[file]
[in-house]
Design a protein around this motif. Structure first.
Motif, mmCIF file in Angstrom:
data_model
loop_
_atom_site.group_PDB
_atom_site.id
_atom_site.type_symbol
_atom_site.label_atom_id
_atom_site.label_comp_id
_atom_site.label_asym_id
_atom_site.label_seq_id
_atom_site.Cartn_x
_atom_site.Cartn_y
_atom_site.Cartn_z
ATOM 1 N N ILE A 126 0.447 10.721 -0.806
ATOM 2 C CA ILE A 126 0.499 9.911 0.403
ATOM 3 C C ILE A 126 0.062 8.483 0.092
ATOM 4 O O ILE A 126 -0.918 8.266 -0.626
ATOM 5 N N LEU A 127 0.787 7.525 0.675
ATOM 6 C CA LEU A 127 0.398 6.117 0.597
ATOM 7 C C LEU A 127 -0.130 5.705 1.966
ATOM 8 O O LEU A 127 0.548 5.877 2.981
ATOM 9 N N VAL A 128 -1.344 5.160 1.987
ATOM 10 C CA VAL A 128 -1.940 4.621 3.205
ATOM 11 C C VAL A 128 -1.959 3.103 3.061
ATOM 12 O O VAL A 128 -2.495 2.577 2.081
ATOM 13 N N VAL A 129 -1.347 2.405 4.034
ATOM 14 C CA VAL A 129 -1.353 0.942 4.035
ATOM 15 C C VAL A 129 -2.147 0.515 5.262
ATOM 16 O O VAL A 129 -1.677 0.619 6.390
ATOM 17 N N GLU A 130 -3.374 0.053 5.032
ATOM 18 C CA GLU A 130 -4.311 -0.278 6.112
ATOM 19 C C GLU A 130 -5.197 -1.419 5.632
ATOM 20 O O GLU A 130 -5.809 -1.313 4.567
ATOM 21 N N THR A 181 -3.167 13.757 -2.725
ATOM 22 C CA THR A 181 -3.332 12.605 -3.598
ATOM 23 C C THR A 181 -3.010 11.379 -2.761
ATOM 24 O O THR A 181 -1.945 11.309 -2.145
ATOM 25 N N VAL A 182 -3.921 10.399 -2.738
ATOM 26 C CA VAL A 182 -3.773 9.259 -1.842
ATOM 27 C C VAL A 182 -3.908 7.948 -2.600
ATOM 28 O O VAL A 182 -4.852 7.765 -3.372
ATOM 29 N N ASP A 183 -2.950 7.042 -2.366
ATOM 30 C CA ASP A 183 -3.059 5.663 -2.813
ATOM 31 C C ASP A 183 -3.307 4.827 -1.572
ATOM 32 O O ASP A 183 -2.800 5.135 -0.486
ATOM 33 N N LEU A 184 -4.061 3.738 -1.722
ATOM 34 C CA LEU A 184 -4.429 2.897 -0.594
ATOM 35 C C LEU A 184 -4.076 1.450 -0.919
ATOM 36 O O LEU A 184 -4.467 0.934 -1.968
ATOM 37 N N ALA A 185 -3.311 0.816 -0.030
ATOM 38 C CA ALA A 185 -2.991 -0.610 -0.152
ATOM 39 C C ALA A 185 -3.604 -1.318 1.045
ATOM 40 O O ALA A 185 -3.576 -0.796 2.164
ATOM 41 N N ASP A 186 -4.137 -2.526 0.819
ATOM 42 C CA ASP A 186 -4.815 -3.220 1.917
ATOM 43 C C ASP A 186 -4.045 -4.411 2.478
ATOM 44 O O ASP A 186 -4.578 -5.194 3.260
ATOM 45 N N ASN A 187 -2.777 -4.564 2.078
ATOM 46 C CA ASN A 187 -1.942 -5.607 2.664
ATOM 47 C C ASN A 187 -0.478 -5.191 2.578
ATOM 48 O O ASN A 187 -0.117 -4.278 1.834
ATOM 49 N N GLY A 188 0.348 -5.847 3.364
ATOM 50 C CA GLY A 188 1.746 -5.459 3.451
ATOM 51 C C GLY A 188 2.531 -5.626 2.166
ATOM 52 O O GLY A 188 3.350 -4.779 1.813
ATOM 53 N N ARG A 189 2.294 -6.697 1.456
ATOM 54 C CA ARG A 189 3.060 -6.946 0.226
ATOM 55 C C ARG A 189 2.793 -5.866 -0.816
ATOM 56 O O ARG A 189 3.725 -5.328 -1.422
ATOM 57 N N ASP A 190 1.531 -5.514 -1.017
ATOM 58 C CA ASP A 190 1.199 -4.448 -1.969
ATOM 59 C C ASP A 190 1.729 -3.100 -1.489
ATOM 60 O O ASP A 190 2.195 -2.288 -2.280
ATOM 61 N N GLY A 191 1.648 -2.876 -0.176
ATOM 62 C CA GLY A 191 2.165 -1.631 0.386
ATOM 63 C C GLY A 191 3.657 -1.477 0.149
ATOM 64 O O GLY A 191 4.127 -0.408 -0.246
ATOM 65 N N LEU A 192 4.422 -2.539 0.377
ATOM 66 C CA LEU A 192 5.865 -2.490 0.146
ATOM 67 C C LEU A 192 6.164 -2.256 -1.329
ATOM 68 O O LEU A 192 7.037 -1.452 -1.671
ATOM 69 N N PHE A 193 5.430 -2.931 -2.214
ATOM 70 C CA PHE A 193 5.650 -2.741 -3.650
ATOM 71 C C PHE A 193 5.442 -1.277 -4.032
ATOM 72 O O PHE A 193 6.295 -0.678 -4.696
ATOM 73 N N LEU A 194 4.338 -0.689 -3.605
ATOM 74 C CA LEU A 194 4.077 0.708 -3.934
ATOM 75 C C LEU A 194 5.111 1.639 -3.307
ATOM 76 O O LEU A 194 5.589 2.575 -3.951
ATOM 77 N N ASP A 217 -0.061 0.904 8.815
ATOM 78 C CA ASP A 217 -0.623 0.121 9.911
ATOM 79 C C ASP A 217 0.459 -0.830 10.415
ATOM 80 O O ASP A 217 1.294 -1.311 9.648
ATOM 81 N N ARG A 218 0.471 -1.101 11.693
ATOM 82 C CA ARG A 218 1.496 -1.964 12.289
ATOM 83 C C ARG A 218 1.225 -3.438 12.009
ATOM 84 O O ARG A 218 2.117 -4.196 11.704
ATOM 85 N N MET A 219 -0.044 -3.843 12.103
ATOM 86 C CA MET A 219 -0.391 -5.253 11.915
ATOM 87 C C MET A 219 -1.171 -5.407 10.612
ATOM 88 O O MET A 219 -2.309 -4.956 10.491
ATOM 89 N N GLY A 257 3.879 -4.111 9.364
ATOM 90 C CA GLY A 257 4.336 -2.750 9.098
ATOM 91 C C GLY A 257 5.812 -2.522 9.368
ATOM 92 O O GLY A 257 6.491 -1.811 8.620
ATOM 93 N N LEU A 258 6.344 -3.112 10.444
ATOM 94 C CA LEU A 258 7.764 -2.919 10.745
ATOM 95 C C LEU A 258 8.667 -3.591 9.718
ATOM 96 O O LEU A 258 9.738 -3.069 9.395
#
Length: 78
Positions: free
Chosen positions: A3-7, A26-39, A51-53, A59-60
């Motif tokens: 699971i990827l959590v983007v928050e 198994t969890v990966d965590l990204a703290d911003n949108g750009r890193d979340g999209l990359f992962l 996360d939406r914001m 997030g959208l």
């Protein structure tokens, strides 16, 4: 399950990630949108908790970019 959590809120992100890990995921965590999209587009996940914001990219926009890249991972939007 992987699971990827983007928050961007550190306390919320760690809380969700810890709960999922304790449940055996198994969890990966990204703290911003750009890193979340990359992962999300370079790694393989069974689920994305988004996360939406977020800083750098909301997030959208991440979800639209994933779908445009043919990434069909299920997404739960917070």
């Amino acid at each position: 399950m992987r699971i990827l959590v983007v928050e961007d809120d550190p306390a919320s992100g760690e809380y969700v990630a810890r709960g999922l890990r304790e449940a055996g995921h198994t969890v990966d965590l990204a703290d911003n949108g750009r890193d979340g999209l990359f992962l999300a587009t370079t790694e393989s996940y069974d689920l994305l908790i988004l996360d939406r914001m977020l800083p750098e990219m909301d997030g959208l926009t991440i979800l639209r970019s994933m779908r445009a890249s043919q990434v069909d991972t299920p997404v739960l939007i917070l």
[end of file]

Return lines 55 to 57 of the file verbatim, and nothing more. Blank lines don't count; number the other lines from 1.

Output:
ATOM 40 O O ALA A 185 -3.576 -0.796 2.164
ATOM 41 N N ASP A 186 -4.137 -2.526 0.819
ATOM 42 C CA ASP A 186 -4.815 -3.220 1.917